Traverse County District Court File No. 78-CR-16-263
Ellison, Attorney General, St. Paul, Minnesota; and Matthew
P. Franzese, Traverse County Attorney, Wheaton, Minnesota
Cathryn Middlebrook, Chief Appellate Public Defender, Sean
Michael McGuire, Assistant Public Defender, St. Paul,
Minnesota (for appellant)
Considered and decided by Rodenberg, Presiding Judge; Hooten,
Judge; and Jesson, Judge.
a valid guilty plea has been "put formally before the
court" by a defendant, it has been "entered,"
and the defendant does not have an absolute right to withdraw
act of scheduling a hearing on an ex parte order for
protection (OFP) outside of the statutorily permissible time
frame does not automatically cause the OFP to expire; rather,
an ex parte OFP expires once the statutorily prescribed time
frame runs without a hearing.
challenges his conviction for violating an OFP, arguing that
he had an absolute right to withdraw his guilty plea, that
even if he did not have an absolute right, he should have
been allowed to withdraw his guilty plea under the
fair-and-just standard, and that the district court erred by
not granting him an evidentiary hearing. We affirm.
December 8, 2016, S.N. obtained an ex parte OFP against her
husband, appellant Jesse Nicholas. He was served with the OFP
the next day. The OFP forbade Nicholas from having contact
with S.N. or from coming within 300 feet of her home. On
December 12, Nicholas requested a hearing on the OFP and one
was scheduled for December 16. Due to S.N.'s pregnancy
and health, the hearing was rescheduled, and the OFP was
ultimately dismissed on January 5, 2017.
December 21, 2016, S.N. called the police because she saw
Nicholas in the area near her home, believed he was violating
the OFP, and feared he was going to break into her house.
Traverse County charged Nicholas with one count of felony
stalking under Minn. Stat. § 609.749, subd. 5(a) (2016),
and one count of felony violating an OFP under Minn. Stat.
§ 518B.01, subd. 14(d)(1) (2016). The
violation-of-an-OFP charge was a felony-level offense because
Nicholas had previously been convicted of two counts of
violating a domestic-abuse no-contact order. On April 27,
2017, Nicholas pleaded guilty to violating the OFP, and the
stalking charge was dismissed. The district court deferred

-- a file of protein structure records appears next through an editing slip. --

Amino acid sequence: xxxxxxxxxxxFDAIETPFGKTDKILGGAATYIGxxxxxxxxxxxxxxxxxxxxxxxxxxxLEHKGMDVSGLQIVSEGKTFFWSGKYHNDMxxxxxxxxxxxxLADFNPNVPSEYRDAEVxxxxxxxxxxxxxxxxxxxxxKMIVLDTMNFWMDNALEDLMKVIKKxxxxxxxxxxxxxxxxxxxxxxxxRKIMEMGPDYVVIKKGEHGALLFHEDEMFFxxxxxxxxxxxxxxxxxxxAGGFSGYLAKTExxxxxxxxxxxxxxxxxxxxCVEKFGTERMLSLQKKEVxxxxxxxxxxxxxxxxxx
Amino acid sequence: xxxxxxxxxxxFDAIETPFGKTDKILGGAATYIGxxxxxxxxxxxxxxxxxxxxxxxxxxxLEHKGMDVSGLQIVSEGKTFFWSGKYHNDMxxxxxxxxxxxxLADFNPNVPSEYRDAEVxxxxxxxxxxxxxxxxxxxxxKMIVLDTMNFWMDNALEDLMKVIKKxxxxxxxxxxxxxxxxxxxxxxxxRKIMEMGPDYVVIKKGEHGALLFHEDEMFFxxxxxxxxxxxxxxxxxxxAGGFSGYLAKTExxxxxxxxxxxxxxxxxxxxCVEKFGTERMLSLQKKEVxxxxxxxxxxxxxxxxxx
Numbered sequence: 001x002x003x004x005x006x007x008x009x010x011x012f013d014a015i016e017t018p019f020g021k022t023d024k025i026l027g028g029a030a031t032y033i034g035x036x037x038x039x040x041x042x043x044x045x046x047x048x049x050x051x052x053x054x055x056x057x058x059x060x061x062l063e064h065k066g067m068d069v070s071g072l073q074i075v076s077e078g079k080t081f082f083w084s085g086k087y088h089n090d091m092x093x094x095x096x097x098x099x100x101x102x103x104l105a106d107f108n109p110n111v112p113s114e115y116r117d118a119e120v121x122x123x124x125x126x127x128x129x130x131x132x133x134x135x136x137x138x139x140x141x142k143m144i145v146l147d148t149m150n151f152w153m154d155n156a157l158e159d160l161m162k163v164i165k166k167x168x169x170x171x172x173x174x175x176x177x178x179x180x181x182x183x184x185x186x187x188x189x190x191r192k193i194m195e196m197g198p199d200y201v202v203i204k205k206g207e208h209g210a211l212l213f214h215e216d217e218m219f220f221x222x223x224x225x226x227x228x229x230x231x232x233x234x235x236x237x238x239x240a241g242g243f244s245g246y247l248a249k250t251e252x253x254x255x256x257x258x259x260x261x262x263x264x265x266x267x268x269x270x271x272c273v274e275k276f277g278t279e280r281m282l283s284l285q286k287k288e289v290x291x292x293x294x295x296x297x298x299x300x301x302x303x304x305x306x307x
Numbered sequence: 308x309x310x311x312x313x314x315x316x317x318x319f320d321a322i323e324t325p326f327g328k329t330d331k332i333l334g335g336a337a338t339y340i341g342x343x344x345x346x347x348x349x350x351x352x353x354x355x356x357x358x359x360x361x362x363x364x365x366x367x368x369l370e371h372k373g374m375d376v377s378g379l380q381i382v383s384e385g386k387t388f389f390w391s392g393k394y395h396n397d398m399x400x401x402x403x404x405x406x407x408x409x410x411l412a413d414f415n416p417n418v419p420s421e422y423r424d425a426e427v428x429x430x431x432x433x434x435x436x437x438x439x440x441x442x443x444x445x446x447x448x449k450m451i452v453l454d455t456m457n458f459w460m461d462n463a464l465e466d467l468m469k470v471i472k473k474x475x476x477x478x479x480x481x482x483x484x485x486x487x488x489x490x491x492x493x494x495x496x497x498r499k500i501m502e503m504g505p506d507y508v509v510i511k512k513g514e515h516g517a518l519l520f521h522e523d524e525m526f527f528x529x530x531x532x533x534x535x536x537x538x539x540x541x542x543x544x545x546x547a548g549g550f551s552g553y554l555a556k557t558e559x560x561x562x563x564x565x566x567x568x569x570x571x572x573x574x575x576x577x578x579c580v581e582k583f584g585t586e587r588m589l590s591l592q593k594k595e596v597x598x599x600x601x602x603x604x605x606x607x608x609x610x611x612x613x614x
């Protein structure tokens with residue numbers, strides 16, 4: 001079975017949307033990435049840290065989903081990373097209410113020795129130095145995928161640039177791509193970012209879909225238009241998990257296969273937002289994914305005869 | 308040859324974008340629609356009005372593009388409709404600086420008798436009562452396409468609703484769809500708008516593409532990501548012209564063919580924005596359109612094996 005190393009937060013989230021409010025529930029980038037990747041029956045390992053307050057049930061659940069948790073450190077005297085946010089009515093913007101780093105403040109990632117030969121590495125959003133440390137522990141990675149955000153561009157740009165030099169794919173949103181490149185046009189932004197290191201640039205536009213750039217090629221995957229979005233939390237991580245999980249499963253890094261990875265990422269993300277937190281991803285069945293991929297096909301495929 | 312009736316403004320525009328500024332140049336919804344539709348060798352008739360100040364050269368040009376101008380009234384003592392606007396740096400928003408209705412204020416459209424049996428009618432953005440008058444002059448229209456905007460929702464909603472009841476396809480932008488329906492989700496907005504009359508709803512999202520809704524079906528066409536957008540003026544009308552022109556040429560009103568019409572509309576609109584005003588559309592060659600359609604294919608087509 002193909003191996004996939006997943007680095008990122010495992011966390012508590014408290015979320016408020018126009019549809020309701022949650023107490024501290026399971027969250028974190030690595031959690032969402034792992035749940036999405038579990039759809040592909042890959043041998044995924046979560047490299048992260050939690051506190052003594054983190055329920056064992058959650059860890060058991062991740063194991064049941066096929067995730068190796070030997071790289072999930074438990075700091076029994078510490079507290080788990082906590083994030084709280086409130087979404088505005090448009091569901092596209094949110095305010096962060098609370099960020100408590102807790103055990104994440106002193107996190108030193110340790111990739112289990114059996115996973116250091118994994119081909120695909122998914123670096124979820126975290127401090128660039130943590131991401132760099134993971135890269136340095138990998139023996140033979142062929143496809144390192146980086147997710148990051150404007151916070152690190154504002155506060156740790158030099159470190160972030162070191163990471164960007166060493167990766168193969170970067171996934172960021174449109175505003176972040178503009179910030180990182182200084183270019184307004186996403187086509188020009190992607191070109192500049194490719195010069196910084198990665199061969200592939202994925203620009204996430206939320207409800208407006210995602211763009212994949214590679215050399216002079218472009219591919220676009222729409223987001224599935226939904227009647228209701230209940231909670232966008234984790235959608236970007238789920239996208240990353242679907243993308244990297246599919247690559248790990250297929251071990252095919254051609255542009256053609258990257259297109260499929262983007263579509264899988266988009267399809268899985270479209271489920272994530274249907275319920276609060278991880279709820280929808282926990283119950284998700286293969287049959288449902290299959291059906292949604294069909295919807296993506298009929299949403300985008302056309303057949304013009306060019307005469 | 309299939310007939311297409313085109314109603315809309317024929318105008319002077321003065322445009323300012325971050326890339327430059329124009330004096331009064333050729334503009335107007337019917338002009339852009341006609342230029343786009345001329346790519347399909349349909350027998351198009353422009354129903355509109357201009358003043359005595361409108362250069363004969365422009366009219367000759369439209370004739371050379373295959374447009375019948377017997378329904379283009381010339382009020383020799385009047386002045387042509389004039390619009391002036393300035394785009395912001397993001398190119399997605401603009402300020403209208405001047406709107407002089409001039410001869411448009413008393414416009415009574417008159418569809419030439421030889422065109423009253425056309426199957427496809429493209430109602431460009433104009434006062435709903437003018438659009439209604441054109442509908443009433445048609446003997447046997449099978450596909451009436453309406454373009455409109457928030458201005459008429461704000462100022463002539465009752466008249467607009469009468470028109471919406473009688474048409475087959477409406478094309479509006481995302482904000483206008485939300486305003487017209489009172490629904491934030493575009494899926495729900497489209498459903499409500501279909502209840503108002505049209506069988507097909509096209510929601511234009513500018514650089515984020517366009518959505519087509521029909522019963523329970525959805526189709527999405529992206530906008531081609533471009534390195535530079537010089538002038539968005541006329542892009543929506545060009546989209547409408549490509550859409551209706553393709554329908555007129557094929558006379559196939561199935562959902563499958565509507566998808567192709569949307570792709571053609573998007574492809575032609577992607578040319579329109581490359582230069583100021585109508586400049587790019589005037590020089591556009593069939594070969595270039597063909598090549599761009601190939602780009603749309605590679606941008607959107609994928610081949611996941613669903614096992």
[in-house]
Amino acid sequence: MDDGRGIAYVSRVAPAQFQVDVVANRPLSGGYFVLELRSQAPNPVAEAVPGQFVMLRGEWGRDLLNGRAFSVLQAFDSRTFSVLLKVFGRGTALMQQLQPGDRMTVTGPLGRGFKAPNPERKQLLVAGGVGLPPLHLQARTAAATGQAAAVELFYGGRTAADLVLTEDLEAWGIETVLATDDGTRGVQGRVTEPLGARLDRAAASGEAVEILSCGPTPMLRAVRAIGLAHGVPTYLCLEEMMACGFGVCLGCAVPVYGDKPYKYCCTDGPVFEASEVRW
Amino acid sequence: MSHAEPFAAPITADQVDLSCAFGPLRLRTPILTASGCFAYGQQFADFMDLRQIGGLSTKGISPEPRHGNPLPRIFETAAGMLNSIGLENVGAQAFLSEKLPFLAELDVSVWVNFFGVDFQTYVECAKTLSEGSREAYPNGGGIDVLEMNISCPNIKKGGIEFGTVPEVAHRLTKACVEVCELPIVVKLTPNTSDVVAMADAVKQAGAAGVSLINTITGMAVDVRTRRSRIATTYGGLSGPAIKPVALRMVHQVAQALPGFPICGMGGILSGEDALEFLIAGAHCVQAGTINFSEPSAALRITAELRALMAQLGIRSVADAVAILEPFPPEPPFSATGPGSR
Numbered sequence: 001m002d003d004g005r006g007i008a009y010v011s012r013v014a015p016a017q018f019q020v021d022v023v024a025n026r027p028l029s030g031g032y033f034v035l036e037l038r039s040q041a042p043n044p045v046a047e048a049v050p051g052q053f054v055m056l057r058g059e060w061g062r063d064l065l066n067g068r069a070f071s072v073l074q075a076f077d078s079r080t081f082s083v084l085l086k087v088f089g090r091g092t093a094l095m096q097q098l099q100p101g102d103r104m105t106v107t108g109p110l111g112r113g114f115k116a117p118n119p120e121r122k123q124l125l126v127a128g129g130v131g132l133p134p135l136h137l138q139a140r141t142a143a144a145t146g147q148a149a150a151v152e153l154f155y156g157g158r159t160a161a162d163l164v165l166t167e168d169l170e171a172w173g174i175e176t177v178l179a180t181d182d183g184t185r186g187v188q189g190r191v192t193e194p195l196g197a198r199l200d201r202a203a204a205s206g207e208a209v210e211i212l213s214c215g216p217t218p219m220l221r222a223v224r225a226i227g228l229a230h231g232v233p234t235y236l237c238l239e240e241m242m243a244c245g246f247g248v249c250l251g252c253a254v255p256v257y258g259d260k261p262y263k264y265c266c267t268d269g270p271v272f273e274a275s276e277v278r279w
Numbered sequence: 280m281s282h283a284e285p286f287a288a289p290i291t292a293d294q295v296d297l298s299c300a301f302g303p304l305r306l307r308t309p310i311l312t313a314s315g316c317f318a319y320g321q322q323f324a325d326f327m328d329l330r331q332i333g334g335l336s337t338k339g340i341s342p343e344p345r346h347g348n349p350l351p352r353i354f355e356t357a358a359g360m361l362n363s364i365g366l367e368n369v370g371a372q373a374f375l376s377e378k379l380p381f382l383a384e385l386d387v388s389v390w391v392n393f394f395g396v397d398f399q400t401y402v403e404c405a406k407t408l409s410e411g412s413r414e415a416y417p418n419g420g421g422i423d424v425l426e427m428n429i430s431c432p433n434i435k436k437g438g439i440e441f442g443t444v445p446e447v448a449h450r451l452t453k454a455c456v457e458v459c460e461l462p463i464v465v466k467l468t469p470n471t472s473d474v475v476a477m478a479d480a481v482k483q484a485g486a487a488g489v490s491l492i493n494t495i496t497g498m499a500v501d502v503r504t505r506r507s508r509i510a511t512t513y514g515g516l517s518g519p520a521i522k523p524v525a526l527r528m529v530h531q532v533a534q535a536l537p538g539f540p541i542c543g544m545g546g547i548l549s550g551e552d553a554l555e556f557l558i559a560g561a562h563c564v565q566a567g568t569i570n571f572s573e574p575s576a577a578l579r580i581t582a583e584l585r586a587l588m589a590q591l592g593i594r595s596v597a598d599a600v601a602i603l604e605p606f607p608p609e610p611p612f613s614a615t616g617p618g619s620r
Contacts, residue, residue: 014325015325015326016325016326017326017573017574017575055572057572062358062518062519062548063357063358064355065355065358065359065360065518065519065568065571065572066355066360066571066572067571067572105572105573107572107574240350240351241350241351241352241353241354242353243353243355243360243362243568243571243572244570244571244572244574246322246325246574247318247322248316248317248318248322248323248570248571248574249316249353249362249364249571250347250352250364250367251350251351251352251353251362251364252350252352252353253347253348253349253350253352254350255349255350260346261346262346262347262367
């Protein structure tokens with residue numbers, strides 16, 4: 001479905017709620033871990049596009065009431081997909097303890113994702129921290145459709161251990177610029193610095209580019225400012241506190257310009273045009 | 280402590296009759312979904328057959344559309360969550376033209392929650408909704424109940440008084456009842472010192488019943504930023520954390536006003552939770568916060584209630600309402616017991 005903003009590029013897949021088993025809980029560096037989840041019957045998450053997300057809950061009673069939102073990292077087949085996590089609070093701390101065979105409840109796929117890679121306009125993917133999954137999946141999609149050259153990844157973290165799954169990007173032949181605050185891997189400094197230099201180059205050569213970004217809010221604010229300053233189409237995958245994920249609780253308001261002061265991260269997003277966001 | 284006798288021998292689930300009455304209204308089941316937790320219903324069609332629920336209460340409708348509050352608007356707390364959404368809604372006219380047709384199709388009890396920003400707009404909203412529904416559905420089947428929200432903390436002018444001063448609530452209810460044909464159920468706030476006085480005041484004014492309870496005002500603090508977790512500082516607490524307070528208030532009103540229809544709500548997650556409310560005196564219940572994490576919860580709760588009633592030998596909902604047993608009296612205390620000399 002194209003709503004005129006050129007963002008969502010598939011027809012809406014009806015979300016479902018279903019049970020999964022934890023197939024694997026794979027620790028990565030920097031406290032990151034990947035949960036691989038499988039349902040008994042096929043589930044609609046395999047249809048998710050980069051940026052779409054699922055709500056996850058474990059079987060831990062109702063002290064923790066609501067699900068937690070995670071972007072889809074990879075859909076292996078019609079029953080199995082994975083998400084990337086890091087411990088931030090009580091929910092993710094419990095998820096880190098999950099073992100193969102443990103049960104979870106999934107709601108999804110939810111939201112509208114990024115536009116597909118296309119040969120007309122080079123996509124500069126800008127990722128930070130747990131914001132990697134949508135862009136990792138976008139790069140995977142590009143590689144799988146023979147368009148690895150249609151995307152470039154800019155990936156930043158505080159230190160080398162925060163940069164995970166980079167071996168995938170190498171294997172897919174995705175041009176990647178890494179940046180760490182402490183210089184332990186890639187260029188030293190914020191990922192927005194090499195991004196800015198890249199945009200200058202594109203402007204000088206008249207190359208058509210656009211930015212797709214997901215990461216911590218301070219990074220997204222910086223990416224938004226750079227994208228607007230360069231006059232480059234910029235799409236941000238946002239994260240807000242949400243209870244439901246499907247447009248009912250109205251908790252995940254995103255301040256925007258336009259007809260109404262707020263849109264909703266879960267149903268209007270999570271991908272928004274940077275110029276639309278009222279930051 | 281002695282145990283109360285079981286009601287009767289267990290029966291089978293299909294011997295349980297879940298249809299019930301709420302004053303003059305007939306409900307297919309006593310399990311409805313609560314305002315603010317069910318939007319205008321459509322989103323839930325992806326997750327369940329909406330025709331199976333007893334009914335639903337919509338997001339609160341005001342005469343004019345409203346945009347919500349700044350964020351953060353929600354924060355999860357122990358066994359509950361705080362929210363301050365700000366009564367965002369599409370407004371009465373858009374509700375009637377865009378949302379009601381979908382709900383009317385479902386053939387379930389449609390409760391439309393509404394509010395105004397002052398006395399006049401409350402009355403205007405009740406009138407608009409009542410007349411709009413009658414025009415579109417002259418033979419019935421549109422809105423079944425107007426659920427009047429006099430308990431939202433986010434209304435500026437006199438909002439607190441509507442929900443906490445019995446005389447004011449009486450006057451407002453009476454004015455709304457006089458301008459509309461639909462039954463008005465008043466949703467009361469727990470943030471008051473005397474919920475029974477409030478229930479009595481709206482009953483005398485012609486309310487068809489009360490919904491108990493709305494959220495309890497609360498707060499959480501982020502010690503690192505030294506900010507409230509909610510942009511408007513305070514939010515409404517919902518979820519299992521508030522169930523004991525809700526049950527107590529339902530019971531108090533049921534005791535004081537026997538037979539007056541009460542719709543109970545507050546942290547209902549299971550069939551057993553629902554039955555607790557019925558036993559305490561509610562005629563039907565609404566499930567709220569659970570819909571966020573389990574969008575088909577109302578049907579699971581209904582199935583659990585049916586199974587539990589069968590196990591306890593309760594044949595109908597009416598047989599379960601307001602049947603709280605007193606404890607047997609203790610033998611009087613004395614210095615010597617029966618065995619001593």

accepting the plea until the sentencing hearing and ordered a
presentence investigation (PSI).
district court held a sentencing hearing on September 20,
2017. The same judge who presided over the plea hearing
presided over the sentencing hearing. At the sentencing
hearing, Nicholas requested, through his attorney, to
withdraw his plea because he was innocent and had only
pleaded guilty "because [his attorney] threatened him to
do so." The district court acknowledged that it should
allow Nicholas to withdraw his plea if it was fair and just
to do so but ultimately denied his request. At the plea
hearing, the district court had asked Nicholas "has
anyone made any threats to you, your friends or your family
to get you to do this deal," and he had answered
"[n]o, sir." In denying Nicholas's
plea-withdrawal motion at the sentencing hearing, the
district court explained that, in light of what Nicholas had
said under oath at the plea hearing, he did not believe
Nicholas's claim that he was threatened by his attorney.
When the district court made its decision, Nicholas had not
yet testified at the sentencing hearing about any supposed
threats. Rather, his attorney had relayed the information to
the district court.
disposing of the withdrawal motion and proceeding to
sentencing, the district court allowed Nicholas to speak.
Nicholas explained that he was maintaining his innocence and
that he had not meant that his attorney threatened him but
rather that he "was being threatened with prison . . .
the taking away of-loss of . . . life and liberty." He
then agreed with the district court's characterization
that he felt "coerced by the situation because [he was]
facing some bad consequences." The district court then
formally accepted Nicholas's guilty plea on the
violation-of-an-OFP charge, adjudicated him guilty, dismissed
the stalking charge, and imposed a sentence. This appeal
Nicholas have an absolute right to withdraw his guilty plea
prior to it ...